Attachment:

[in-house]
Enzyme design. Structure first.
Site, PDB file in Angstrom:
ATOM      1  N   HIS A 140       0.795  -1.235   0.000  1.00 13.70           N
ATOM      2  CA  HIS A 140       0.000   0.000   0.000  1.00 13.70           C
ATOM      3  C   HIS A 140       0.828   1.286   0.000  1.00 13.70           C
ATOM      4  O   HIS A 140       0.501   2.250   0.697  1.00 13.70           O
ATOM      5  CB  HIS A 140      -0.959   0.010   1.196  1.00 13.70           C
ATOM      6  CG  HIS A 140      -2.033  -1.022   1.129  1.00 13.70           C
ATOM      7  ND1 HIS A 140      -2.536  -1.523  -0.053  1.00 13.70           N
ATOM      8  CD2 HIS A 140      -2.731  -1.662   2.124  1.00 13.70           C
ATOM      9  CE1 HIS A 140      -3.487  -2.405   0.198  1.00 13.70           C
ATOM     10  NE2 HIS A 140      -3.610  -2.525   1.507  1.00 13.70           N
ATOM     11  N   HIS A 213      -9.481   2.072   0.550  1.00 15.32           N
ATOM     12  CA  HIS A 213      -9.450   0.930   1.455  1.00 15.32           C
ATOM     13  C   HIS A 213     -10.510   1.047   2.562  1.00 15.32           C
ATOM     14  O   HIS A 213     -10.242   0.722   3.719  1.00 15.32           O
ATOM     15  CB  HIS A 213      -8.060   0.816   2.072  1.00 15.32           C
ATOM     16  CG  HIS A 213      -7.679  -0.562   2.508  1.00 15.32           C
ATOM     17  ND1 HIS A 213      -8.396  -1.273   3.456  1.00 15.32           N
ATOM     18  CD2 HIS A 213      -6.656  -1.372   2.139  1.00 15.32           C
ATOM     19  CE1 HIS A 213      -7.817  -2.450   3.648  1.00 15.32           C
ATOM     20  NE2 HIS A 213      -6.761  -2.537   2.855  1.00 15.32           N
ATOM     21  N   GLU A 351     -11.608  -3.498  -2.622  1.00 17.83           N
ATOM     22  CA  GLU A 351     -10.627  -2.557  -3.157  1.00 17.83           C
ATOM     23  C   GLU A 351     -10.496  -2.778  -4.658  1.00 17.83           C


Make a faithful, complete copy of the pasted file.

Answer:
[in-house]
Enzyme design. Structure first.
Site, PDB file in Angstrom:
ATOM      1  N   HIS A 140       0.795  -1.235   0.000  1.00 13.70           N
ATOM      2  CA  HIS A 140       0.000   0.000   0.000  1.00 13.70           C
ATOM      3  C   HIS A 140       0.828   1.286   0.000  1.00 13.70           C
ATOM      4  O   HIS A 140       0.501   2.250   0.697  1.00 13.70           O
ATOM      5  CB  HIS A 140      -0.959   0.010   1.196  1.00 13.70           C
ATOM      6  CG  HIS A 140      -2.033  -1.022   1.129  1.00 13.70           C
ATOM      7  ND1 HIS A 140      -2.536  -1.523  -0.053  1.00 13.70           N
ATOM      8  CD2 HIS A 140      -2.731  -1.662   2.124  1.00 13.70           C
ATOM      9  CE1 HIS A 140      -3.487  -2.405   0.198  1.00 13.70           C
ATOM     10  NE2 HIS A 140      -3.610  -2.525   1.507  1.00 13.70           N
ATOM     11  N   HIS A 213      -9.481   2.072   0.550  1.00 15.32           N
ATOM     12  CA  HIS A 213      -9.450   0.930   1.455  1.00 15.32           C
ATOM     13  C   HIS A 213     -10.510   1.047   2.562  1.00 15.32           C
ATOM     14  O   HIS A 213     -10.242   0.722   3.719  1.00 15.32           O
ATOM     15  CB  HIS A 213      -8.060   0.816   2.072  1.00 15.32           C
ATOM     16  CG  HIS A 213      -7.679  -0.562   2.508  1.00 15.32           C
ATOM     17  ND1 HIS A 213      -8.396  -1.273   3.456  1.00 15.32           N
ATOM     18  CD2 HIS A 213      -6.656  -1.372   2.139  1.00 15.32           C
ATOM     19  CE1 HIS A 213      -7.817  -2.450   3.648  1.00 15.32           C
ATOM     20  NE2 HIS A 213      -6.761  -2.537   2.855  1.00 15.32           N
ATOM     21  N   GLU A 351     -11.608  -3.498  -2.622  1.00 17.83           N
ATOM     22  CA  GLU A 351     -10.627  -2.557  -3.157  1.00 17.83           C
ATOM     23  C   GLU A 351     -10.496  -2.778  -4.658  1.00 17.83           C